Your union rep will give you advice. Ensure you talk to them in advance of submitting your formal appeal.

Make sure that your appeal includes the reasons why you think your rating was unfair or inaccurate, a summary of your achievements and documentary evidence backing up your case. Again this is why keeping a personal note on your performance throughout theyearcan be very valuable.

The manager reviewing your appeal will be senior to the original decision maker.

You can also bring a representative with you to a formal appeal hearing. Union members often ask an FSU representative to attend. However, the employer will not inform us of an appeal, it is up to you to inform your union rep of your appeal andrequesttheir presence at a hearing.


Your union has a wealth of experience in assisting members with performance management reviews.

On a policy level we continue to argue for changes. For instance, we believe that not enough weight is placed on team performance,customer satisfaction or training and/or educational achievement by employees.

However, we also are here to help individual members get the best result from the system that operates at present. In summary here are our top ten tips for performance management reviews:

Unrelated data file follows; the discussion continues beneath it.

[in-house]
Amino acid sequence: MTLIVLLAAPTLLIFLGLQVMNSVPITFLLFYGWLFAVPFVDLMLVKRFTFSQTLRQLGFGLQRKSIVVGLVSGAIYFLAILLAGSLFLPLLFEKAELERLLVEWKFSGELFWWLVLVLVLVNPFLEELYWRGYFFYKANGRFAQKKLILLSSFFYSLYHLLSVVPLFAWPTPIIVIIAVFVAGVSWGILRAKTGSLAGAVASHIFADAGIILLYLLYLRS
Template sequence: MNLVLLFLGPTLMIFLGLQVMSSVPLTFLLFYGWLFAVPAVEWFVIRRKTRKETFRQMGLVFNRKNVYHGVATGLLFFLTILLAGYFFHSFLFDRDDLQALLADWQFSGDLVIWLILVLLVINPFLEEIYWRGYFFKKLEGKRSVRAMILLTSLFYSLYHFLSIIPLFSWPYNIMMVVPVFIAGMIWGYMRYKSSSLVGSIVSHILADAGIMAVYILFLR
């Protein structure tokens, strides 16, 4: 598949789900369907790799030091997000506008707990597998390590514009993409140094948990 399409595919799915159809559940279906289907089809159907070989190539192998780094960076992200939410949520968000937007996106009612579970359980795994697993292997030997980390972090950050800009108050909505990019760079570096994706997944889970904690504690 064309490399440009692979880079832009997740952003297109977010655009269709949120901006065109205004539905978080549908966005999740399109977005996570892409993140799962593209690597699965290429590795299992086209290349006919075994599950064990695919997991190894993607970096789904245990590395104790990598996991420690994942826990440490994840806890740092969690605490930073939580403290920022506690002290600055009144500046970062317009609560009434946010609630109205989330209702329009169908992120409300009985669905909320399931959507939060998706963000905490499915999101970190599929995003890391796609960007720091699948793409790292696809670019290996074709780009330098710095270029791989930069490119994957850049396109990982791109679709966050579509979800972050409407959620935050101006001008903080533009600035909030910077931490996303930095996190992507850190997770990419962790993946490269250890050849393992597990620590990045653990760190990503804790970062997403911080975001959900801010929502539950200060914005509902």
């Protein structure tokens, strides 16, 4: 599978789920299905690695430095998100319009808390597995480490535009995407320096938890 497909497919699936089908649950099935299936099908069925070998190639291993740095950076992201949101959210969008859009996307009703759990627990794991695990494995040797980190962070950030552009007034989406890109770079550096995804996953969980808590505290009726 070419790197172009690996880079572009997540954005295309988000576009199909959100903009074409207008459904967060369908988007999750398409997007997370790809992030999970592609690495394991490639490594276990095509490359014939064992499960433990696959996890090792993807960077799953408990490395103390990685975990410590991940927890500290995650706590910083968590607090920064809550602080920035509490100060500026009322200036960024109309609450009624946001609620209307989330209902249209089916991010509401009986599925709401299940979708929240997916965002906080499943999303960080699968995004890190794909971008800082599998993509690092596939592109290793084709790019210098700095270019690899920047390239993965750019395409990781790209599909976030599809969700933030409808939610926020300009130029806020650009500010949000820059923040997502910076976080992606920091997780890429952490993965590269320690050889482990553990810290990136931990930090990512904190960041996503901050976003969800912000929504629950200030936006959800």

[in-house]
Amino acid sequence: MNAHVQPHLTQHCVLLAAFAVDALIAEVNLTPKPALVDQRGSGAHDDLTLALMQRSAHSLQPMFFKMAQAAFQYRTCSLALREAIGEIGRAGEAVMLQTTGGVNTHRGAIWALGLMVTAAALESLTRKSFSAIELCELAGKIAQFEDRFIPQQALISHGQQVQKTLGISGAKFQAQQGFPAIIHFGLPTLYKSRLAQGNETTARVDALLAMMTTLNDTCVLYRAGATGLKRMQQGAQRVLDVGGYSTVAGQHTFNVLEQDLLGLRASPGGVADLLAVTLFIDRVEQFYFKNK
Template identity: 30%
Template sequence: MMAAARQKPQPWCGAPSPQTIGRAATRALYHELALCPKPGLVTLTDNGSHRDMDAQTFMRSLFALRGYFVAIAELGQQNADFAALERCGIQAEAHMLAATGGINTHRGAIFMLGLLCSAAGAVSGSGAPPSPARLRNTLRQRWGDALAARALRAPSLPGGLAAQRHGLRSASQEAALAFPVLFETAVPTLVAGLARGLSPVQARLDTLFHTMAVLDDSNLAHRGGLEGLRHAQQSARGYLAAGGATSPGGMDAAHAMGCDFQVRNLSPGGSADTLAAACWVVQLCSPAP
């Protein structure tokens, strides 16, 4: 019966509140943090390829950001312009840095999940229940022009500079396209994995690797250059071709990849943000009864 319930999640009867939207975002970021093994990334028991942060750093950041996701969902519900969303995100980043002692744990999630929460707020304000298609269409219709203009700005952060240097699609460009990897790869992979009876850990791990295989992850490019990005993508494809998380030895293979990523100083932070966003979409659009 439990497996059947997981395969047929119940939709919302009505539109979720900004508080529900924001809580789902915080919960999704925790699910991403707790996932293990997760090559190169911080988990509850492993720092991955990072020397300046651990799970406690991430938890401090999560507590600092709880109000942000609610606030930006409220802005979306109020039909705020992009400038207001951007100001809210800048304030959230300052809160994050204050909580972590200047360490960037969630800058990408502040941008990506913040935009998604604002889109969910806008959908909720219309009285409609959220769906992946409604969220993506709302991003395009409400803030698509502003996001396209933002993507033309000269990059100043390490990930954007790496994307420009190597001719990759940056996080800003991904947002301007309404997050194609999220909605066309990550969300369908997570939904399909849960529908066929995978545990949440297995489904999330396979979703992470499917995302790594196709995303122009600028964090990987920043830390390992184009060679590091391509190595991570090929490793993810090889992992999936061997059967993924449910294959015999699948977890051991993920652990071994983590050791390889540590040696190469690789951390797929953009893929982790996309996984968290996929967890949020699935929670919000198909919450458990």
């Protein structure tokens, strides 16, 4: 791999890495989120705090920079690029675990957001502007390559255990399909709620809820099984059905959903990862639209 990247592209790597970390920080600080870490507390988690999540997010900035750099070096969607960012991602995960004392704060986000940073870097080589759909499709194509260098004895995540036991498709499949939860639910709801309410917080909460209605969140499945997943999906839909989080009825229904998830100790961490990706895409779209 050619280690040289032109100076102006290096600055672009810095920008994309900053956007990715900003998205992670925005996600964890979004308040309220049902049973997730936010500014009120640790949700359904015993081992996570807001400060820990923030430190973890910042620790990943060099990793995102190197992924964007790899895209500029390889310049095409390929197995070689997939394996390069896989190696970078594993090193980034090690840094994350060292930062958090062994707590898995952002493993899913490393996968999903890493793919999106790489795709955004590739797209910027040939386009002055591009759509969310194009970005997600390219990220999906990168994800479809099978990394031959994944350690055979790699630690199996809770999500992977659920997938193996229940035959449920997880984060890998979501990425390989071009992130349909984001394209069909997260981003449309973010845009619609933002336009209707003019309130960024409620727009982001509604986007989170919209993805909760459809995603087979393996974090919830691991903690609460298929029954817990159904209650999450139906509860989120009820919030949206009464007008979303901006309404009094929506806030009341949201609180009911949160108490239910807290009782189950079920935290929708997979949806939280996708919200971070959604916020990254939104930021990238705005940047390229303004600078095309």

• Prepare for each stage of the process
  • Remember it is a two-way discussion not a one-way exam
  • Don’t sign up to unrealistic or ill-defined goals
  • Keep a note of your achievements through the year
  • In particular keep a note of changes that were not expected when you agreed to your objectives
  • Monitor if your employer has lived up to commitments regarding training or resources
  • Have documentary evidence that backs up your achievements
  • Don’t feel under pressure to accept a rating you think is inaccurate or unfair
  • Use the appeal mechanism or rating review if you are dissatisfied with a rating
  • Talk to your union rep at any stage

Detailed Employment Guides

The Financial Services Union has developed tailored performance management guides for the main banking employments.

These guides are restricted to union members and you must login on our website to access these guides.

Click on the link below for the relevant guide

AIB -here

Bank of Ireland -here

Danske Bank -here

Ulster Bank ROI -here

Ulster Bank NI -here

For FSU members in the fintech sector, including companies such as Wipro, Infosys, Banctec, IBM, ICE and HPE, please contact your FSU official for specific advice regarding the performance management system ultilised by individual fintech companies.